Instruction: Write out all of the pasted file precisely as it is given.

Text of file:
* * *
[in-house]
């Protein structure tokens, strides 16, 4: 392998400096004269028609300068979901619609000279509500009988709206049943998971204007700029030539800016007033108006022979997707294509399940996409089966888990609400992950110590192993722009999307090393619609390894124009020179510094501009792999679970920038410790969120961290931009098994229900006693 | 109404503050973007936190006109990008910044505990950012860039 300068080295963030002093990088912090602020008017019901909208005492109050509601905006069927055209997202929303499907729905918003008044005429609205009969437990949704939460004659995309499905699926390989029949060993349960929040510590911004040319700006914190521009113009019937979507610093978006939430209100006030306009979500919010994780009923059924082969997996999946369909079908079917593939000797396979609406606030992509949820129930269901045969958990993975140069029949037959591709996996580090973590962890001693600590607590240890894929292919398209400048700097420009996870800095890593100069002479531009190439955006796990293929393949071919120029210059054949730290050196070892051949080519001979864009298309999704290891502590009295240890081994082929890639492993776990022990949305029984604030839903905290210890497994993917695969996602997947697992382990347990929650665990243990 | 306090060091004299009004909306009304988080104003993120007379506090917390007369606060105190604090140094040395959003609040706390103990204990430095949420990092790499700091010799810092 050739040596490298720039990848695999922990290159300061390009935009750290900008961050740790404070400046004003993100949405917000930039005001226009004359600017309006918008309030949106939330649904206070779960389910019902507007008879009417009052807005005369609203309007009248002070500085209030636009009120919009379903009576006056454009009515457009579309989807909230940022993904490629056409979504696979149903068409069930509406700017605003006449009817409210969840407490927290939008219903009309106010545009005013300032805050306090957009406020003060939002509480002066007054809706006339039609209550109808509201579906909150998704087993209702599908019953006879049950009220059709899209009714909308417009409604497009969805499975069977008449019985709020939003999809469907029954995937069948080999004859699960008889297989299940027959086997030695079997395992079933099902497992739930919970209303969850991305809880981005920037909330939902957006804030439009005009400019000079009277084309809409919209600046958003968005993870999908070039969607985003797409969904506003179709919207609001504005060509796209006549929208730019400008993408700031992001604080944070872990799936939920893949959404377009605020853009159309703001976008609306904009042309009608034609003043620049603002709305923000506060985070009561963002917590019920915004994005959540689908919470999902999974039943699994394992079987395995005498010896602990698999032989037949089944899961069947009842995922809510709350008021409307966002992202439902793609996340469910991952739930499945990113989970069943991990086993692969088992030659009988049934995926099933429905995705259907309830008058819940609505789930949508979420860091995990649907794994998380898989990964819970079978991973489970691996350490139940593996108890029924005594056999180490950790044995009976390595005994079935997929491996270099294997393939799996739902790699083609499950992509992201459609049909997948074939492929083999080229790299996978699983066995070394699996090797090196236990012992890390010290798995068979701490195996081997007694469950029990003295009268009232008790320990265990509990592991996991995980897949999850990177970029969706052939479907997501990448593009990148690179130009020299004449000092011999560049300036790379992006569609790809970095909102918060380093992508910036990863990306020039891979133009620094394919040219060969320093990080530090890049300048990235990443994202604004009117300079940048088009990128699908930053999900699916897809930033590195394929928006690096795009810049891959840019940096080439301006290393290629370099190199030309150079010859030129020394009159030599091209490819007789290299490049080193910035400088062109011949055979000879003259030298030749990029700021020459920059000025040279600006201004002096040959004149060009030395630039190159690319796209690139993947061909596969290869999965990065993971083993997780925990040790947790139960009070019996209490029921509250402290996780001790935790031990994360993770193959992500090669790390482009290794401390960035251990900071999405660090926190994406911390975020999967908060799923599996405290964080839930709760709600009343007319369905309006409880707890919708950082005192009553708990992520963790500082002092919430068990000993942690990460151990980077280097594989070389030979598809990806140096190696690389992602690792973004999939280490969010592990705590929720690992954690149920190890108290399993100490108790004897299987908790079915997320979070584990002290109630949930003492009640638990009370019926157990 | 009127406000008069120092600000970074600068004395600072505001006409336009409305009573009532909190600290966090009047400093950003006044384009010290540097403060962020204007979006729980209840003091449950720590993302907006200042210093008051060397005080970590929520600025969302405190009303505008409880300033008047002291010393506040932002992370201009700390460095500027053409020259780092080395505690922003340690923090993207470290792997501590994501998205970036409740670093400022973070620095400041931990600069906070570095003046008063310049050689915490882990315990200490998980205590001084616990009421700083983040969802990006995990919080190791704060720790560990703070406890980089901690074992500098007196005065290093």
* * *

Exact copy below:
[in-house]
């Protein structure tokens, strides 16, 4: 392998400096004269028609300068979901619609000279509500009988709206049943998971204007700029030539800016007033108006022979997707294509399940996409089966888990609400992950110590192993722009999307090393619609390894124009020179510094501009792999679970920038410790969120961290931009098994229900006693 | 109404503050973007936190006109990008910044505990950012860039 300068080295963030002093990088912090602020008017019901909208005492109050509601905006069927055209997202929303499907729905918003008044005429609205009969437990949704939460004659995309499905699926390989029949060993349960929040510590911004040319700006914190521009113009019937979507610093978006939430209100006030306009979500919010994780009923059924082969997996999946369909079908079917593939000797396979609406606030992509949820129930269901045969958990993975140069029949037959591709996996580090973590962890001693600590607590240890894929292919398209400048700097420009996870800095890593100069002479531009190439955006796990293929393949071919120029210059054949730290050196070892051949080519001979864009298309999704290891502590009295240890081994082929890639492993776990022990949305029984604030839903905290210890497994993917695969996602997947697992382990347990929650665990243990 | 306090060091004299009004909306009304988080104003993120007379506090917390007369606060105190604090140094040395959003609040706390103990204990430095949420990092790499700091010799810092 050739040596490298720039990848695999922990290159300061390009935009750290900008961050740790404070400046004003993100949405917000930039005001226009004359600017309006918008309030949106939330649904206070779960389910019902507007008879009417009052807005005369609203309007009248002070500085209030636009009120919009379903009576006056454009009515457009579309989807909230940022993904490629056409979504696979149903068409069930509406700017605003006449009817409210969840407490927290939008219903009309106010545009005013300032805050306090957009406020003060939002509480002066007054809706006339039609209550109808509201579906909150998704087993209702599908019953006879049950009220059709899209009714909308417009409604497009969805499975069977008449019985709020939003999809469907029954995937069948080999004859699960008889297989299940027959086997030695079997395992079933099902497992739930919970209303969850991305809880981005920037909330939902957006804030439009005009400019000079009277084309809409919209600046958003968005993870999908070039969607985003797409969904506003179709919207609001504005060509796209006549929208730019400008993408700031992001604080944070872990799936939920893949959404377009605020853009159309703001976008609306904009042309009608034609003043620049603002709305923000506060985070009561963002917590019920915004994005959540689908919470999902999974039943699994394992079987395995005498010896602990698999032989037949089944899961069947009842995922809510709350008021409307966002992202439902793609996340469910991952739930499945990113989970069943991990086993692969088992030659009988049934995926099933429905995705259907309830008058819940609505789930949508979420860091995990649907794994998380898989990964819970079978991973489970691996350490139940593996108890029924005594056999180490950790044995009976390595005994079935997929491996270099294997393939799996739902790699083609499950992509992201459609049909997948074939492929083999080229790299996978699983066995070394699996090797090196236990012992890390010290798995068979701490195996081997007694469950029990003295009268009232008790320990265990509990592991996991995980897949999850990177970029969706052939479907997501990448593009990148690179130009020299004449000092011999560049300036790379992006569609790809970095909102918060380093992508910036990863990306020039891979133009620094394919040219060969320093990080530090890049300048990235990443994202604004009117300079940048088009990128699908930053999900699916897809930033590195394929928006690096795009810049891959840019940096080439301006290393290629370099190199030309150079010859030129020394009159030599091209490819007789290299490049080193910035400088062109011949055979000879003259030298030749990029700021020459920059000025040279600006201004002096040959004149060009030395630039190159690319796209690139993947061909596969290869999965990065993971083993997780925990040790947790139960009070019996209490029921509250402290996780001790935790031990994360993770193959992500090669790390482009290794401390960035251990900071999405660090926190994406911390975020999967908060799923599996405290964080839930709760709600009343007319369905309006409880707890919708950082005192009553708990992520963790500082002092919430068990000993942690990460151990980077280097594989070389030979598809990806140096190696690389992602690792973004999939280490969010592990705590929720690992954690149920190890108290399993100490108790004897299987908790079915997320979070584990002290109630949930003492009640638990009370019926157990 | 009127406000008069120092600000970074600068004395600072505001006409336009409305009573009532909190600290966090009047400093950003006044384009010290540097403060962020204007979006729980209840003091449950720590993302907006200042210093008051060397005080970590929520600025969302405190009303505008409880300033008047002291010393506040932002992370201009700390460095500027053409020259780092080395505690922003340690923090993207470290792997501590994501998205970036409740670093400022973070620095400041931990600069906070570095003046008063310049050689915490882990315990200490998980205590001084616990009421700083983040969802990006995990919080190791704060720790560990703070406890980089901690074992500098007196005065290093």